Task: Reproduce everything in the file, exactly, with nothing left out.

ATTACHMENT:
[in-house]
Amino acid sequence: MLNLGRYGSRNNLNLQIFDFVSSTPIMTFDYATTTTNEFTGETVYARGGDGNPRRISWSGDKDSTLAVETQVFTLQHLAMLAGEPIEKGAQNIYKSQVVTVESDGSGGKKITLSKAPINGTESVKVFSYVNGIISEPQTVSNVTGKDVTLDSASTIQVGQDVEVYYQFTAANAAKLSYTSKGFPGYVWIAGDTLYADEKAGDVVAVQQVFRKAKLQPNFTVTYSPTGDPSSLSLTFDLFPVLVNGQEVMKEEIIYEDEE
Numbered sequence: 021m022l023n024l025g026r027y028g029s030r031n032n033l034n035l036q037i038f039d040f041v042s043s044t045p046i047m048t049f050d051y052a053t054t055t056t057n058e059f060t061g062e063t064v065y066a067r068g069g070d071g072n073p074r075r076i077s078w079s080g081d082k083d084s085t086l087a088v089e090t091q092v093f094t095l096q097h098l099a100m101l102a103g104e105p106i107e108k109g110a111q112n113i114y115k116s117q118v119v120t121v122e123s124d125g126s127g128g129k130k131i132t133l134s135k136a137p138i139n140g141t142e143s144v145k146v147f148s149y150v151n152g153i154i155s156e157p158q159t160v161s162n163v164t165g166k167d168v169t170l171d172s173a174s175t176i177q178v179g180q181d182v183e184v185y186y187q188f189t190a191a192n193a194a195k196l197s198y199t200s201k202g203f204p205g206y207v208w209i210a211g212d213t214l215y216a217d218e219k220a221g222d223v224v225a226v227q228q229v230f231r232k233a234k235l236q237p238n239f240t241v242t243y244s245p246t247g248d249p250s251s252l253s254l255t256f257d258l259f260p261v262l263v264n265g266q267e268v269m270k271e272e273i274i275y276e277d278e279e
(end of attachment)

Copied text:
[in-house]
Amino acid sequence: MLNLGRYGSRNNLNLQIFDFVSSTPIMTFDYATTTTNEFTGETVYARGGDGNPRRISWSGDKDSTLAVETQVFTLQHLAMLAGEPIEKGAQNIYKSQVVTVESDGSGGKKITLSKAPINGTESVKVFSYVNGIISEPQTVSNVTGKDVTLDSASTIQVGQDVEVYYQFTAANAAKLSYTSKGFPGYVWIAGDTLYADEKAGDVVAVQQVFRKAKLQPNFTVTYSPTGDPSSLSLTFDLFPVLVNGQEVMKEEIIYEDEE
Numbered sequence: 021m022l023n024l025g026r027y028g029s030r031n032n033l034n035l036q037i038f039d040f041v042s043s044t045p046i047m048t049f050d051y052a053t054t055t056t057n058e059f060t061g062e063t064v065y066a067r068g069g070d071g072n073p074r075r076i077s078w079s080g081d082k083d084s085t086l087a088v089e090t091q092v093f094t095l096q097h098l099a100m101l102a103g104e105p106i107e108k109g110a111q112n113i114y115k116s117q118v119v120t121v122e123s124d125g126s127g128g129k130k131i132t133l134s135k136a137p138i139n140g141t142e143s144v145k146v147f148s149y150v151n152g153i154i155s156e157p158q159t160v161s162n163v164t165g166k167d168v169t170l171d172s173a174s175t176i177q178v179g180q181d182v183e184v185y186y187q188f189t190a191a192n193a194a195k196l197s198y199t200s201k202g203f204p205g206y207v208w209i210a211g212d213t214l215y216a217d218e219k220a221g222d223v224v225a226v227q228q229v230f231r232k233a234k235l236q237p238n239f240t241v242t243y244s245p246t247g248d249p250s251s252l253s254l255t256f257d258l259f260p261v262l263v264n265g266q267e268v269m270k271e272e273i274i275y276e277d278e279e